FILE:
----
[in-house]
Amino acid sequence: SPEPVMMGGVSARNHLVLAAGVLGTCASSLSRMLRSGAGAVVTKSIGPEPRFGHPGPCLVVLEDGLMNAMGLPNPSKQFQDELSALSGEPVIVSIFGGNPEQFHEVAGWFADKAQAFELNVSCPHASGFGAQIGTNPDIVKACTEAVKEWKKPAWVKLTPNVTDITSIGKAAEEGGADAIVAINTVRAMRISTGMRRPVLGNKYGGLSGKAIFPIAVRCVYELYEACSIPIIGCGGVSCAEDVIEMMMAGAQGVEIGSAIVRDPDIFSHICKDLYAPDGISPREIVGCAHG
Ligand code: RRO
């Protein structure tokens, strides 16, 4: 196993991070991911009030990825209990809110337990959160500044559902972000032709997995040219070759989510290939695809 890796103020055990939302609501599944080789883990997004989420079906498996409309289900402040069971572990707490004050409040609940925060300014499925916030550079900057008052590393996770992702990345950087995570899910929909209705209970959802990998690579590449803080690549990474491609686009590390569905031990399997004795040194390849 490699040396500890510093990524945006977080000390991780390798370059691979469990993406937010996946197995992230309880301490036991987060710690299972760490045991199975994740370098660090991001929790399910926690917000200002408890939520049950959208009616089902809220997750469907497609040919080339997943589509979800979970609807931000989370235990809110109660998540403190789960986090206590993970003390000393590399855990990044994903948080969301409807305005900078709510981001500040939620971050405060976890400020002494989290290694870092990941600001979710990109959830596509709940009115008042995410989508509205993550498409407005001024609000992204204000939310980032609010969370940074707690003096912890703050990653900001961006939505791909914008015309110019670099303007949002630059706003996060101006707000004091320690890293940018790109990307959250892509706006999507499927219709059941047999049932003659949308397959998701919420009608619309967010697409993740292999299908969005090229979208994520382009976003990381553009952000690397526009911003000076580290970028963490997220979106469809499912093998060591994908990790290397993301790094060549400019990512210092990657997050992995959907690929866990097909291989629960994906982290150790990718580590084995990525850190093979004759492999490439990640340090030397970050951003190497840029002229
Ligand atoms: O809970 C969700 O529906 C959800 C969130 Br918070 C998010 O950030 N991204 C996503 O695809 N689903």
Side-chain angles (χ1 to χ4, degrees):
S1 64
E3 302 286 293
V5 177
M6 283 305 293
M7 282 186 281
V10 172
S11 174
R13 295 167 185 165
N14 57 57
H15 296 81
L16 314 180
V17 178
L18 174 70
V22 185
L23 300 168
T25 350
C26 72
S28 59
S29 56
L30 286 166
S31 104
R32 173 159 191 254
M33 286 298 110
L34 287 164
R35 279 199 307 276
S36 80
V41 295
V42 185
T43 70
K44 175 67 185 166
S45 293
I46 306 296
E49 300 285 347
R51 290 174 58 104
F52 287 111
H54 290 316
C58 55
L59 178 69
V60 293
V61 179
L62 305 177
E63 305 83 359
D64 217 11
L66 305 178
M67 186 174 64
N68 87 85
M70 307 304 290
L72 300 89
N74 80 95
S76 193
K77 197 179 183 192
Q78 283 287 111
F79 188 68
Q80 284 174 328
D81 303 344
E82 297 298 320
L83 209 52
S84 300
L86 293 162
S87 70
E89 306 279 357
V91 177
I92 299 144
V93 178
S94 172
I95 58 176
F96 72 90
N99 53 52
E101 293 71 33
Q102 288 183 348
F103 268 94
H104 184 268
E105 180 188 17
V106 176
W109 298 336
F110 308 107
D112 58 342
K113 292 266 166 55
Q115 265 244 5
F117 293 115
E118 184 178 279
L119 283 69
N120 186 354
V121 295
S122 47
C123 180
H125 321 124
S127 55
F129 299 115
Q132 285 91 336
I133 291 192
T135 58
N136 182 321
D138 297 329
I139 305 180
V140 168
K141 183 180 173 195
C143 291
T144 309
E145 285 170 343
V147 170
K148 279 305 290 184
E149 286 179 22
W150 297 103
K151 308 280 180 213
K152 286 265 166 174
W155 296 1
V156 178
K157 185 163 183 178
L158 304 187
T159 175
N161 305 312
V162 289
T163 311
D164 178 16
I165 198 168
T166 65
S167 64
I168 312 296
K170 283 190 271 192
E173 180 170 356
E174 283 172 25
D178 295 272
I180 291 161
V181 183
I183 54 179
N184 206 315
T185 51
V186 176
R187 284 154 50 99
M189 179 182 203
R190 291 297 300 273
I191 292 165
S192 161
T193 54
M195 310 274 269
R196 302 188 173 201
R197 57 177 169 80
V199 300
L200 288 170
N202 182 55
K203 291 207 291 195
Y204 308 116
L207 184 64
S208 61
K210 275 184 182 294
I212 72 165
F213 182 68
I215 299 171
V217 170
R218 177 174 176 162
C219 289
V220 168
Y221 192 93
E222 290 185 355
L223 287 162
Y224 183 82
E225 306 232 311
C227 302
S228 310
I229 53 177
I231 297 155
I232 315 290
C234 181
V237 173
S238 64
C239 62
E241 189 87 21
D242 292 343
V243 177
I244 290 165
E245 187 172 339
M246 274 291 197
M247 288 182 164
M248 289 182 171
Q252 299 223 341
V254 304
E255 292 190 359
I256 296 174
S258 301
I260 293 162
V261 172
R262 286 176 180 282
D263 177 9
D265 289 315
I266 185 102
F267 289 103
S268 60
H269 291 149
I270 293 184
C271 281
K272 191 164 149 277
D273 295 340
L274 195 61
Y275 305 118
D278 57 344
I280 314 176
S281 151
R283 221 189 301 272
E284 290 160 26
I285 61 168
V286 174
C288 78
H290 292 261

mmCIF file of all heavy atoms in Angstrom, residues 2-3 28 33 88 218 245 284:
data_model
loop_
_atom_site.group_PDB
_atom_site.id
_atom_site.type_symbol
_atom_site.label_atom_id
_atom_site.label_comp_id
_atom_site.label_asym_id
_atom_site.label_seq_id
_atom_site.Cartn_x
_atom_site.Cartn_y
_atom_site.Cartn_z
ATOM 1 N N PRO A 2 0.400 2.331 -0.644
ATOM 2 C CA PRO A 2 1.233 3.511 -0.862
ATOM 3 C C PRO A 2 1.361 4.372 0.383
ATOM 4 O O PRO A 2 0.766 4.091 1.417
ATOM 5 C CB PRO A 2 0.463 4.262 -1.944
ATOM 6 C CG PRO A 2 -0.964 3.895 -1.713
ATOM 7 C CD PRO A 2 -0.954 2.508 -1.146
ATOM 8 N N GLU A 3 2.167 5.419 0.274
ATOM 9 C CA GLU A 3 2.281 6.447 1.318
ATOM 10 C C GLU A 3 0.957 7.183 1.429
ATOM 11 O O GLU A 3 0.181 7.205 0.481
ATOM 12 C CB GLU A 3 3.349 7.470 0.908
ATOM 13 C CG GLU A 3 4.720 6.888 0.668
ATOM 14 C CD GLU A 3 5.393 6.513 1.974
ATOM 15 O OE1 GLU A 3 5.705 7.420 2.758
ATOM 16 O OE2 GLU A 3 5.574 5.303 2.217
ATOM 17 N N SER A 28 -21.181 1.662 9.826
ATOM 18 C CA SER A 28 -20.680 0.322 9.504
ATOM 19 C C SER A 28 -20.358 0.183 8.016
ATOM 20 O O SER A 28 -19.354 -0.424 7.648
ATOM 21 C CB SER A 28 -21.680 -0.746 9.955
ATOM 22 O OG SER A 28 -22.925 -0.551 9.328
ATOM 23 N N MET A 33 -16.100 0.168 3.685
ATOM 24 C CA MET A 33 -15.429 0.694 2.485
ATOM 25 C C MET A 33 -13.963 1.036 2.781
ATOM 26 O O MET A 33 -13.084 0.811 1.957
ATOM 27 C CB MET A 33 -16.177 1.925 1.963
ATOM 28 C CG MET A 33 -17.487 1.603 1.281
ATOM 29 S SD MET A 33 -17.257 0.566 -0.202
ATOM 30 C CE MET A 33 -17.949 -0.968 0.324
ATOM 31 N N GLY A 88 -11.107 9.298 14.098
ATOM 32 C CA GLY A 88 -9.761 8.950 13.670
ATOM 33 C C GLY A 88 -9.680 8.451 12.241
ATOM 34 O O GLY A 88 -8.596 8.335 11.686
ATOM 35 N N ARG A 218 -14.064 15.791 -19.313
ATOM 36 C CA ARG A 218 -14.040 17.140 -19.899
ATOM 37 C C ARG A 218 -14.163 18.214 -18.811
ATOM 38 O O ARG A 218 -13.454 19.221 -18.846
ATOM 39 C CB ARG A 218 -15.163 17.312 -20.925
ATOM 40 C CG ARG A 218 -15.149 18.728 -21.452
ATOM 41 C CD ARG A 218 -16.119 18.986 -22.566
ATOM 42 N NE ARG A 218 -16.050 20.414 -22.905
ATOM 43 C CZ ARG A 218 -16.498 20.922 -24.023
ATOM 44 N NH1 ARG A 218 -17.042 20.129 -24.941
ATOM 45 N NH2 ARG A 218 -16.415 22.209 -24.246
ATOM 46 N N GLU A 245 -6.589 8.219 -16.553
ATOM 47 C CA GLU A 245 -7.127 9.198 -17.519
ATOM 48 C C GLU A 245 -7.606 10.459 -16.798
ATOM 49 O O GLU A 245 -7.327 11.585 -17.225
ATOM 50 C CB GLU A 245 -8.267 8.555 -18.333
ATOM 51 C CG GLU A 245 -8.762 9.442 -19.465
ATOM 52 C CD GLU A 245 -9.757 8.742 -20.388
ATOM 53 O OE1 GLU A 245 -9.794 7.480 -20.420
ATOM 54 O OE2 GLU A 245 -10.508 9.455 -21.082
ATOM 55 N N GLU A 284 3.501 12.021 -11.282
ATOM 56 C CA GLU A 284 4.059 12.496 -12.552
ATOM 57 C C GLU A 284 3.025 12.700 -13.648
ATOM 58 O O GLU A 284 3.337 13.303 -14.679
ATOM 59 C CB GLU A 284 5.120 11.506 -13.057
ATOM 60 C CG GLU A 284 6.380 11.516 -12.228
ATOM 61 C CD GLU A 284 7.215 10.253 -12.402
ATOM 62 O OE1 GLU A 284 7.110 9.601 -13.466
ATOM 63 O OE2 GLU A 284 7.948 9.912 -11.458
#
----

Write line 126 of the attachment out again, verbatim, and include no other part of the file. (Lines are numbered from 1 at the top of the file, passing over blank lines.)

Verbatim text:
K170 283 190 271 192